June 19, 2018

Fixed Rate Private Student Loans

“Wells Fargo and US Bank have announced that they will offer fixed rate student loans in addition to the variable rate which is currently the norm.

Fixed Rate Private Student Loans

This has been met with different reactions. On one hand, people who want the stability of a fixed rate loan now have that, and those who are prepared to take a chance that interest rates won’t rise can go that route, and this has been received positively by some. On the other, there is still the argument that these kind of loans shouldn’t even be necessary, if the federal government was prepared to offer more than the current $31,000 it currently offers to undergraduates.

Until recently, federal loans were available from a bank at a variable rate. They are now fixed with a rate as low as 3.4%, borrowed directly from the government. Unfortunately, these loans fall short of what it actually costs to go to school, even taking into account scholarships and grants.

Private student loans are taken out to make up the difference, but by the time a student has reached their bachelor’s degree, their debts can be enormous. The government has a program which offers lower loan payments for those with limited income, and loan forgiveness for those in public service jobs, but the banks do not.

These private ‘student’ loans are not in fact taken out solely by the student. Most teenagers, due to their limited credit history will require a co-signer. This is normally a parent. If the student fails to make timely payments, this can result on a negative reflection on the credit history of both the student and the parent.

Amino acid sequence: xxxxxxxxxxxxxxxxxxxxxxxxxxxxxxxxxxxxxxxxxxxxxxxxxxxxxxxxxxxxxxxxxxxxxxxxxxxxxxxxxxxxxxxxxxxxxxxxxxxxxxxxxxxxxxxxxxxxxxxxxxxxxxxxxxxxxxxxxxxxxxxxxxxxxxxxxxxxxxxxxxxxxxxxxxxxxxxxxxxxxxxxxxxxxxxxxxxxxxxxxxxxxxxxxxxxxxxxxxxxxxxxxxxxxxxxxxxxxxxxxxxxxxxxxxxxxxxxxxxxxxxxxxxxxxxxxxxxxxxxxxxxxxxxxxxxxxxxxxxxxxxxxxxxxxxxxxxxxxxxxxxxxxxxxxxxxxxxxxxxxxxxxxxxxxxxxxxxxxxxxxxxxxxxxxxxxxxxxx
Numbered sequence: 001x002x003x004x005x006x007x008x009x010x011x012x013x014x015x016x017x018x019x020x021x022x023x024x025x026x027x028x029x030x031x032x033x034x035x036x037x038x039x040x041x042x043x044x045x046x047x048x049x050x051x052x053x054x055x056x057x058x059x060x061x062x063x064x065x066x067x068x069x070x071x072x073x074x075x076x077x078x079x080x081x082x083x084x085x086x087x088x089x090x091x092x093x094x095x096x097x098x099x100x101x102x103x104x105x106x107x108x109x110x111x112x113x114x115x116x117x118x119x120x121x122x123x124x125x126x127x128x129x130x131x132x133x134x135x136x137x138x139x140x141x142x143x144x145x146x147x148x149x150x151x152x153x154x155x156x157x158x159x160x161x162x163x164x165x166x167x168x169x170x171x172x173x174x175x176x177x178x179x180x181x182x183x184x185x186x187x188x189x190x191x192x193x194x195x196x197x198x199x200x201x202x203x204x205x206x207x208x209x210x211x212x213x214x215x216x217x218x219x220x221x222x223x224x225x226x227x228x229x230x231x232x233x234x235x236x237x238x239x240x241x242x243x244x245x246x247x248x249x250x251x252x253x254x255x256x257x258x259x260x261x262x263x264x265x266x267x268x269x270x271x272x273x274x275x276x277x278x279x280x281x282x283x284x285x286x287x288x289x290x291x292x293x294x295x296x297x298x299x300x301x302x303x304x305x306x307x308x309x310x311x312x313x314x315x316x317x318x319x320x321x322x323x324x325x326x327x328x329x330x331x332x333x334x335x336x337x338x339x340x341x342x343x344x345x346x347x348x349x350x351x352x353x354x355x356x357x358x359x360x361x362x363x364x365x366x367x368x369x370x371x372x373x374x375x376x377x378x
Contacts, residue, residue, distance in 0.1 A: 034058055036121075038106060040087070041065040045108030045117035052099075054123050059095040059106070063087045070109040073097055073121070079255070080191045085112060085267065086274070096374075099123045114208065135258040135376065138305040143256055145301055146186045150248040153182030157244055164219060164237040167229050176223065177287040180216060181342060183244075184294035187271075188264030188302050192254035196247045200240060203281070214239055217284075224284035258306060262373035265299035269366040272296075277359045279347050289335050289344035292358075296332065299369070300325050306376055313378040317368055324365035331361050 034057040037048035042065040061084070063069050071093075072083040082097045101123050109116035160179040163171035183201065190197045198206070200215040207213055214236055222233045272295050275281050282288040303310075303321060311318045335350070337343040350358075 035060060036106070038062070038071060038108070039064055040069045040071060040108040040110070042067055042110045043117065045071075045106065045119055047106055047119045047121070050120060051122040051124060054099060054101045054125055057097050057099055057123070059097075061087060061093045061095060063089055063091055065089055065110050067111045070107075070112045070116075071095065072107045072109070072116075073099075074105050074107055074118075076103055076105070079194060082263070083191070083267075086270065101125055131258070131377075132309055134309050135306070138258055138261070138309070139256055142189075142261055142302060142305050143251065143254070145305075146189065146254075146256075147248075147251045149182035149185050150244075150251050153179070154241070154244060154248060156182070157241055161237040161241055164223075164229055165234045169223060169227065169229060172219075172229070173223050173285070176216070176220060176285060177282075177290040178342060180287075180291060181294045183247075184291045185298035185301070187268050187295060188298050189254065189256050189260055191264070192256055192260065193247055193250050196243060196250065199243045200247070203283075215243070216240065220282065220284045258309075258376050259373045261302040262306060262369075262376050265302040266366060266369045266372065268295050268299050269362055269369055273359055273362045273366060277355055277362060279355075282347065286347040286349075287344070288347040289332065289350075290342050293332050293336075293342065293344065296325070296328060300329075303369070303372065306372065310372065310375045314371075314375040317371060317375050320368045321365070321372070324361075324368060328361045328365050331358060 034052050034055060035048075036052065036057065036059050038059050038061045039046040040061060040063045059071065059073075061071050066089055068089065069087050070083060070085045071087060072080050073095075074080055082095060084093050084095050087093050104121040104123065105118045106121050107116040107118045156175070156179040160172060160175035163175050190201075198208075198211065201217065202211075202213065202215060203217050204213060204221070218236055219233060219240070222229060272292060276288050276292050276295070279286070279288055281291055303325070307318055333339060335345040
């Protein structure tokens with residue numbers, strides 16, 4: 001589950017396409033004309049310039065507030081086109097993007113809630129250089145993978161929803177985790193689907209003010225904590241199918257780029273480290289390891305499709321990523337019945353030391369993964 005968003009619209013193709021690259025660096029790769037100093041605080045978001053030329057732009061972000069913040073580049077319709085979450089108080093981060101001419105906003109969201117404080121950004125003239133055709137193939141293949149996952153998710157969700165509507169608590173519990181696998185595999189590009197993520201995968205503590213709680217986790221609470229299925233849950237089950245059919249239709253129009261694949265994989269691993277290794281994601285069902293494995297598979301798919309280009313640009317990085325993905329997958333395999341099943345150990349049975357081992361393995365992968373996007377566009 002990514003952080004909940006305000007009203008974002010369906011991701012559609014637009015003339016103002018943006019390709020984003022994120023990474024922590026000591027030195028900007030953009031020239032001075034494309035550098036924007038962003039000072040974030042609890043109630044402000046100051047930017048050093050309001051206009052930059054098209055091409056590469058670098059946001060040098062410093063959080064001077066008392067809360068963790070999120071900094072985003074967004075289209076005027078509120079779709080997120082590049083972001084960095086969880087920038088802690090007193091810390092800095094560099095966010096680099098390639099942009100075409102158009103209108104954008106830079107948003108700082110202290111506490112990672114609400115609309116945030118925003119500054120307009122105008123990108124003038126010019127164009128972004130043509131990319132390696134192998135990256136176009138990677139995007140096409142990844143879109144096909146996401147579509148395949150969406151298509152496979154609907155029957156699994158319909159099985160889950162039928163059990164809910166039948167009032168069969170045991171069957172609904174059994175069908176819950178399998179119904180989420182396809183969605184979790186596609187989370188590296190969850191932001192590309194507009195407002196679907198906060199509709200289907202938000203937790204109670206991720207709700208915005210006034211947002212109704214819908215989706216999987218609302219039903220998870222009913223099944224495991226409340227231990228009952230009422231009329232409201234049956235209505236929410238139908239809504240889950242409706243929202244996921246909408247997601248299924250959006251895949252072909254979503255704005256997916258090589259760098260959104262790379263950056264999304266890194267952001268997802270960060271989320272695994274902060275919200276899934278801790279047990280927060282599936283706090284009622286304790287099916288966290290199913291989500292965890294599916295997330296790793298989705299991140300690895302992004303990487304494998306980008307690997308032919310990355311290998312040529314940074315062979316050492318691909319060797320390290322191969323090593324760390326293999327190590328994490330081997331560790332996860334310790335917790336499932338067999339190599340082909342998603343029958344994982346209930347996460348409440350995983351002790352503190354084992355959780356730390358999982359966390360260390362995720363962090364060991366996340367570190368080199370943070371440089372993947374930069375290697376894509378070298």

The new fixed-rate family loans offered by Wells Fargo and US Bank have a length of 15 years. US Bank’s interest rate is 7.8%, but taking into account upfront fees the rate can rise as high as 8.46%. Wells Fargo charges nothing up front in terms of origination fees, and the rate is as low as 7.29% – lower if you are a current Wells Fargo customer. This depends on your credit rating, and it could rise to as much as 14.21% if you enroll in community college or trade school.

In contrast, the variable rates offered are between 3.39 and 10.22% at US Bank, and 3.4 and 11.74% at Wells Fargo. Why would someone choose the fixed rate, given the fact that interest rates don’t look to be rising any time soon?

Lucille Conley, senior vice president of consumer lending at US Bank said “”We think that students and parents are looking for some kind of certainty in the long run. They’ve seen things happen in the housing market that may cause them more concern that they might have had four or five years ago.”"

These loans appear to be geared towards people who are comfortable knowing that their payment will never change. Even though Well’s Fargo didn’t expect much interest in the fixed-rate loan, quite a few families have taken this option.

It should be noted that when you borrow money for college, stay away from a private loan until you have used the entire $31,000 loan offered by the government. Normally, a student can borrow $5,500 in the first year, $6,500 in the second year, and $7,500 for each additional year until they reach the $31,000. cap.

Zac Bissonnette, who is the author of “”Debt-FreeU”" suggests that people who find themselves reaching the federal loan limit may be getting in over their heads. Conversely, Joseph DePaulo, executive vice president of Sallie May, the largest education lender, thinks it depends on someone’s comfort level, relative to their goals and means when it comes to their future.

Offering a middle ground is Mark Kantrowitz, owner of finaid.org. Consider what your annual salary will be when you graduate, and don’t borrow more than that. Also take into account that you may change your mind about your career a number of times while in college.

This issue could be resolved if the government increased their loan amount above $31,000, but in the meantime, students will have to borrow the money where they can.”

More information:

NYTimes.com

Fixed-Rate Private Student Loans Are Still Risky

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